Taking Stock of the Current Research on the Impacts of Voluntary Sustainability Standards (With Particular Emphasis on the Agri-Food Sector) Based on a 4‐Part Literature Review Series Published by the International Trade Centre (ITC)
13 Pages Posted: 31 Aug 2013
Date Written: February 1, 2013
Voluntary Sustainability Standards (VSS) have the potential to generate distinct economic and social development opportunities and can help to mitigate economic, food, water, and environmental risks in developing countries. However, the research about the impacts of VSS focuses on a few standards, products and countries, usually in response to project evaluation needs. The most common methodology used is case studies, often conducted by the VSS themselves. While they provide rich qualitative information about the complexity of the impacts of VSS, they do not provide much empirical evidence based on comparative analyses and generally do not allow for the identification of correlation between the variables. There is also a focus on the production side of the value chain. Overall, a systematic evaluation of value chain impacts across VSS and products providing quantitative, statistically valid data is lacking. However, the research does provide some qualitatively rich findings, which are summarized in this paper according to four areas: 1. The impacts of VSS on global supply chains; 2. The impacts of VSS on producers and exporters; 3. The interplay of regulation and VSS; 4. When do VSS work?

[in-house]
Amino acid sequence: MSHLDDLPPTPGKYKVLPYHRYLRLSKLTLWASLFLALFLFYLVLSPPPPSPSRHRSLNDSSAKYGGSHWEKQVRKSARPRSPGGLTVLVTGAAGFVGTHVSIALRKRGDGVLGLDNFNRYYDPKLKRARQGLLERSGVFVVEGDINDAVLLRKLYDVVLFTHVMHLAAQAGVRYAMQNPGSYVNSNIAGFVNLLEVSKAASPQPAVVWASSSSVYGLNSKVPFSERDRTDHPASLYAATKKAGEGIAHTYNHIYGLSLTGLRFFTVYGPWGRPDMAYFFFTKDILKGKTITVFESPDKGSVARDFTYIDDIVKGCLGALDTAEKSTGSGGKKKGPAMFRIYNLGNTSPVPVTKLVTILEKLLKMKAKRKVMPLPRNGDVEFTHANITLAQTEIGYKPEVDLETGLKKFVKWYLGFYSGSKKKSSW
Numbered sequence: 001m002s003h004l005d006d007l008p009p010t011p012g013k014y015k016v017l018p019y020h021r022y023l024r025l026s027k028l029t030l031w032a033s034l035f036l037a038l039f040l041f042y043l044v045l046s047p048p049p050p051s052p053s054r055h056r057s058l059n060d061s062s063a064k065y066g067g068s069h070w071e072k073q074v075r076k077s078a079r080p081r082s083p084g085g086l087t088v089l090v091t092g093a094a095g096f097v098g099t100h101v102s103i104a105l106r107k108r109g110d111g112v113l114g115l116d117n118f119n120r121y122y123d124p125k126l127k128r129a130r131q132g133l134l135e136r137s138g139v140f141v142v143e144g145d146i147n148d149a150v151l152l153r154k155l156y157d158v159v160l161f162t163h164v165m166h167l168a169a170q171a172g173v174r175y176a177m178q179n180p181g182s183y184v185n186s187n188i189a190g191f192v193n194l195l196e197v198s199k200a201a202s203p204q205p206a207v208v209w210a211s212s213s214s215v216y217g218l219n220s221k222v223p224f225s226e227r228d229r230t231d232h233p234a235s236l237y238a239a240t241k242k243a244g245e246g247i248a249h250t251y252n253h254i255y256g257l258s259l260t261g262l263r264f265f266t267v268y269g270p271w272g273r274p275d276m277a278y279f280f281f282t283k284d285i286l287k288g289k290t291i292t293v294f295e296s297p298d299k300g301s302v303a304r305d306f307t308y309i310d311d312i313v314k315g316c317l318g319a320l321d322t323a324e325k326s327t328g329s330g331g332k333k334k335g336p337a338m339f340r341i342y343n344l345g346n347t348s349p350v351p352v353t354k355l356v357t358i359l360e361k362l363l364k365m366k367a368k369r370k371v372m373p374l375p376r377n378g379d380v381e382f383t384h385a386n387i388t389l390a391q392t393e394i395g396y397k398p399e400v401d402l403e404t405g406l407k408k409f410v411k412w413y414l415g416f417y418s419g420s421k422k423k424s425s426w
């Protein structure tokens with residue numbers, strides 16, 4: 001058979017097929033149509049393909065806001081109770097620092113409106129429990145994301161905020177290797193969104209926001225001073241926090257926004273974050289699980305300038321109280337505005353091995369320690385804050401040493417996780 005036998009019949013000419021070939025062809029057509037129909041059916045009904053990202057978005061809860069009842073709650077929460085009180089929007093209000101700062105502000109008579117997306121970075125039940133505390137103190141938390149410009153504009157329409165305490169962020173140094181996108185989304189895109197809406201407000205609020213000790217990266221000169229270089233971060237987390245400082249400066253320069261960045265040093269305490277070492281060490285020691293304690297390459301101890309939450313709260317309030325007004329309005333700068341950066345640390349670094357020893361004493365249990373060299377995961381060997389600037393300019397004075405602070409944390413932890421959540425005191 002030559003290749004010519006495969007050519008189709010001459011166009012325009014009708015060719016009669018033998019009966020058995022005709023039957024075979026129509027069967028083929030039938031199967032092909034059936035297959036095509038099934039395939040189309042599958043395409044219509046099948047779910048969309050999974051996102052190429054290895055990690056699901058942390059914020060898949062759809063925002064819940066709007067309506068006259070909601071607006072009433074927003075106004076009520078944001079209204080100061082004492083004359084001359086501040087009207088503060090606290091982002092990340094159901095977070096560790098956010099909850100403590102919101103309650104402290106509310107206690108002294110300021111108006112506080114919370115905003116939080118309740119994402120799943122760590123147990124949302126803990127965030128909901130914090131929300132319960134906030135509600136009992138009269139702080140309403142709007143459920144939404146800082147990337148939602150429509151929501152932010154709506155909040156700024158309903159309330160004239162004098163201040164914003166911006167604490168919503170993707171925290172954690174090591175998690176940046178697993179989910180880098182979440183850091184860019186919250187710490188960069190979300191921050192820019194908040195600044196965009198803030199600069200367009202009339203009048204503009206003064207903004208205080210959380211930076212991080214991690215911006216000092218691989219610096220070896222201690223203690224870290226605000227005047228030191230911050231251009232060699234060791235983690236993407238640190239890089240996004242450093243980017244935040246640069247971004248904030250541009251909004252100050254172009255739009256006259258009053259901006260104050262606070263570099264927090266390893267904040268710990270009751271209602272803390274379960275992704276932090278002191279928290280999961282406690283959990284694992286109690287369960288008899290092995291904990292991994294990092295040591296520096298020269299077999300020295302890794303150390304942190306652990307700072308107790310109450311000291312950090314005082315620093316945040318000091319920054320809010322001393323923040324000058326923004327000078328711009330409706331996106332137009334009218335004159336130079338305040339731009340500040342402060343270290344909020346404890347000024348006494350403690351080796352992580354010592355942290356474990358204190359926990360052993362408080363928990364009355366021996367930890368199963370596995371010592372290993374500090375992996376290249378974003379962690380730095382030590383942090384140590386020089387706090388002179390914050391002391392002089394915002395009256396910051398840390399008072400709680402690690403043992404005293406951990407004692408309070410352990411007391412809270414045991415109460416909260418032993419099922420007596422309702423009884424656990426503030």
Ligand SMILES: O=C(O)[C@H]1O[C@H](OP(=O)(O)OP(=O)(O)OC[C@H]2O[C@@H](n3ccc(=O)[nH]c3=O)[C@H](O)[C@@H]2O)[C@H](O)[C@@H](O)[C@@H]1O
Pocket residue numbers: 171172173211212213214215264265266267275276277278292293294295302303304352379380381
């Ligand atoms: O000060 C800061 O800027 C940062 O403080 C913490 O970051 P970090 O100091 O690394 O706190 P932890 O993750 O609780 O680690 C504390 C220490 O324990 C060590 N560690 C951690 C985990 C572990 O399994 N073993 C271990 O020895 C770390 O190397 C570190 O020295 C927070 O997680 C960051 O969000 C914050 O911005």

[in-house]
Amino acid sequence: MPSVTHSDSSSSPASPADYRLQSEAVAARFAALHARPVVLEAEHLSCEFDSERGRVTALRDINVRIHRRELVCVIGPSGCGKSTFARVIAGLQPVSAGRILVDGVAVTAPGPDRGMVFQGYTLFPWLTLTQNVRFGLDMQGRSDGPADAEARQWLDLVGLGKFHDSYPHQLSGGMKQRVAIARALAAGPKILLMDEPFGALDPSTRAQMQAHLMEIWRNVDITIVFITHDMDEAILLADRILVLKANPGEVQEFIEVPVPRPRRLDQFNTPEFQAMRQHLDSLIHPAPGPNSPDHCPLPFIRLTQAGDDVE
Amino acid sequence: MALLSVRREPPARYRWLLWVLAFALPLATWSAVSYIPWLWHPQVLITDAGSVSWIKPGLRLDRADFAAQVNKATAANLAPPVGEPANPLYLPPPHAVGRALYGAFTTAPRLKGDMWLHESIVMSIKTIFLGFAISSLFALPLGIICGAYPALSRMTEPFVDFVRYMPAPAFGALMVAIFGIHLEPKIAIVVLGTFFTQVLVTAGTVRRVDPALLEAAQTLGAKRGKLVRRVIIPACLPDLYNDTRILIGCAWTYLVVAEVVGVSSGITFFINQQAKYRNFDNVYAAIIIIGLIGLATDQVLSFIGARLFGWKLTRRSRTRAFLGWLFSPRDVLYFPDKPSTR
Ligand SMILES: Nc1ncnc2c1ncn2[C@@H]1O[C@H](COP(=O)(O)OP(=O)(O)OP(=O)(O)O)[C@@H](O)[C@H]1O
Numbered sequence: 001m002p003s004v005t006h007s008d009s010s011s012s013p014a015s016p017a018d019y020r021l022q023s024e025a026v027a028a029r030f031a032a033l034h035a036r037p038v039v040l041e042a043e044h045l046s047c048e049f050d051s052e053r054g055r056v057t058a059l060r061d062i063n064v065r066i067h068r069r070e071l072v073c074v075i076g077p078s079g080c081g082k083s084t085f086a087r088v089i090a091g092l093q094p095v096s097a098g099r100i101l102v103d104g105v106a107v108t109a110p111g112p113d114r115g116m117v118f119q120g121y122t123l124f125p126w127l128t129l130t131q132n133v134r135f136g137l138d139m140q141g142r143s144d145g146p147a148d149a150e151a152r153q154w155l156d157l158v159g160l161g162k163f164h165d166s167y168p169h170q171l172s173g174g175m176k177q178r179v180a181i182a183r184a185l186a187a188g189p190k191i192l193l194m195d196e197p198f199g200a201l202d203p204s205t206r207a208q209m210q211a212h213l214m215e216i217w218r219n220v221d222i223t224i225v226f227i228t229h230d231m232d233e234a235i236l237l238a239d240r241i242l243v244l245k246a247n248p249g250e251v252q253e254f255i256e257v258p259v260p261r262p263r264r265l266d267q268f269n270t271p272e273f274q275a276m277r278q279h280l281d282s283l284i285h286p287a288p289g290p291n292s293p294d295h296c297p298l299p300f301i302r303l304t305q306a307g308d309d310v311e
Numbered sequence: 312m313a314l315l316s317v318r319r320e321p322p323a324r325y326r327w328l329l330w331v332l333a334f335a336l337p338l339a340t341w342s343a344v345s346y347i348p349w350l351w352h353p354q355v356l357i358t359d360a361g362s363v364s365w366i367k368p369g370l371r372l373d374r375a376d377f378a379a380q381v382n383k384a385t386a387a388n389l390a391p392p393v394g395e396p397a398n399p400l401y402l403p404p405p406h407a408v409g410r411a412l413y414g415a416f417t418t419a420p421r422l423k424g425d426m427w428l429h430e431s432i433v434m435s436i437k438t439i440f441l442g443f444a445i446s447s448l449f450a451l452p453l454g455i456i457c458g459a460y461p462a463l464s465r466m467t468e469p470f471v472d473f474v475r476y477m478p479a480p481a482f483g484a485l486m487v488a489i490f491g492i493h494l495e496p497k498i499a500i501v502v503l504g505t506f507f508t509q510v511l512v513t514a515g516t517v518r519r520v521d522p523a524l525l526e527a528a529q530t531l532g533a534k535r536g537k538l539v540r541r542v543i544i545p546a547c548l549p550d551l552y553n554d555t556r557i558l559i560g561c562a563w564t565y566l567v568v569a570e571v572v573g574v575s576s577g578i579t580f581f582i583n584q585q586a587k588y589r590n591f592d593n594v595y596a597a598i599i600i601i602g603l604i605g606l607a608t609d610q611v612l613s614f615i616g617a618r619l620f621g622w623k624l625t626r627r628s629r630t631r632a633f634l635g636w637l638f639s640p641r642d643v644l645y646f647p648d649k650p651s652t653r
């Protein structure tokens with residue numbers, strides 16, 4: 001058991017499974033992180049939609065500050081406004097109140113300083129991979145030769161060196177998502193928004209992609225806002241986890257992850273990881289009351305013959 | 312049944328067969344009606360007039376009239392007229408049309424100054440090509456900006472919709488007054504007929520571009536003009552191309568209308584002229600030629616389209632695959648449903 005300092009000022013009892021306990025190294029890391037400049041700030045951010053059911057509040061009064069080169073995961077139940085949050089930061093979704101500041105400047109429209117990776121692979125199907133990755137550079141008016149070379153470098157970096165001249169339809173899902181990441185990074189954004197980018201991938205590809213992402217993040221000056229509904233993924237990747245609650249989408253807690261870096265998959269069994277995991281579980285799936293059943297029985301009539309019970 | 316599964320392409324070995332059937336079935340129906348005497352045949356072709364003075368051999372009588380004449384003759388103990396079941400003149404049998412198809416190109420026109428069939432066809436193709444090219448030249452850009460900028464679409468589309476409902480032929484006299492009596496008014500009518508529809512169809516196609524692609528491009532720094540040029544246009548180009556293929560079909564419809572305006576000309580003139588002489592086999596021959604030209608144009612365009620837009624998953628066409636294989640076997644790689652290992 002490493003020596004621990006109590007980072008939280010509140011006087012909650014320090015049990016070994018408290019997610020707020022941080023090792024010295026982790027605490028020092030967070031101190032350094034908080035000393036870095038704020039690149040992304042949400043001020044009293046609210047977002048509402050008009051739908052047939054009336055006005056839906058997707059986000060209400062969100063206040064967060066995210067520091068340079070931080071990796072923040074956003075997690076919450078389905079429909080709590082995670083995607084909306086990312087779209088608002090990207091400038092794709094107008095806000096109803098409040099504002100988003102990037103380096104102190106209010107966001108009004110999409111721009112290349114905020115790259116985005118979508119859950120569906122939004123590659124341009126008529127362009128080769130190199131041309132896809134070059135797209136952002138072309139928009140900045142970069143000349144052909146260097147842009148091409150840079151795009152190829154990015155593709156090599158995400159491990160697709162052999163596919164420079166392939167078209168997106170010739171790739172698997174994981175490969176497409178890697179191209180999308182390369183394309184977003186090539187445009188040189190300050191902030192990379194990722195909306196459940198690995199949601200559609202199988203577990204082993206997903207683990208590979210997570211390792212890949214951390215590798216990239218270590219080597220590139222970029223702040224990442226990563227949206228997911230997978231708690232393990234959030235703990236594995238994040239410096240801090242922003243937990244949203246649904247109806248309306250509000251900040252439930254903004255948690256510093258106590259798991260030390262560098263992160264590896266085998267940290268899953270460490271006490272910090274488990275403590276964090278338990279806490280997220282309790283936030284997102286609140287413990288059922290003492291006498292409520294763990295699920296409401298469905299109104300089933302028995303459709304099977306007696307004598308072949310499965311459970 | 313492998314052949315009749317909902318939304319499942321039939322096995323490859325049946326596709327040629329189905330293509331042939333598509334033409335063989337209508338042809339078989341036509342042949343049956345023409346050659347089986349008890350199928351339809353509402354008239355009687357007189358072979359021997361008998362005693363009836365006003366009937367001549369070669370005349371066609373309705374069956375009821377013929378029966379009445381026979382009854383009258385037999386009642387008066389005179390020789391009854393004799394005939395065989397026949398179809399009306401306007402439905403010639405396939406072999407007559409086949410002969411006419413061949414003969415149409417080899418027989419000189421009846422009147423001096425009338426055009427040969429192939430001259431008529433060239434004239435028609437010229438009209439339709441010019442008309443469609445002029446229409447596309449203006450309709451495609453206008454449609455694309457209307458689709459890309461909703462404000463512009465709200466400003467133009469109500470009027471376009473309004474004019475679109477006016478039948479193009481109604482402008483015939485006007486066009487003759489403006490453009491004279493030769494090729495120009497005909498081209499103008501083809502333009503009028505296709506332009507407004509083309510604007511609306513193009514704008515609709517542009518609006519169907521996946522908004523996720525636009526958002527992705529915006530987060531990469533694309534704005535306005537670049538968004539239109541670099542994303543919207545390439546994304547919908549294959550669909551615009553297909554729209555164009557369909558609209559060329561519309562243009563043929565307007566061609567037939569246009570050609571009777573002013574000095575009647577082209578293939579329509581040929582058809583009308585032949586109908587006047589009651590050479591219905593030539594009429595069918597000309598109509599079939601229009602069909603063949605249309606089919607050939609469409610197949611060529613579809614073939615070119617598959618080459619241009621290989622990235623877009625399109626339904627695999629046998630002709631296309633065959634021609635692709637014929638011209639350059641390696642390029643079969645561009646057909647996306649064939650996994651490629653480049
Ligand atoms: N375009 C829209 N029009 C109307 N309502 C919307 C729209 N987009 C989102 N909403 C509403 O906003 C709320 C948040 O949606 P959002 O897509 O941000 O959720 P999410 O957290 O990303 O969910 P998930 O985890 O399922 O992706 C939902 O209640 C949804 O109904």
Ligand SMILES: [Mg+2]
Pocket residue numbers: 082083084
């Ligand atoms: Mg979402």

These areas have been selected according to their relevance to policymakers in developing countries and their prevalence in research. The following provides a short outline of the research findings related to each of these areas.
Keywords: Voluntary sustainability standards, impacts, global supply chains, producers, agriculture, international trade
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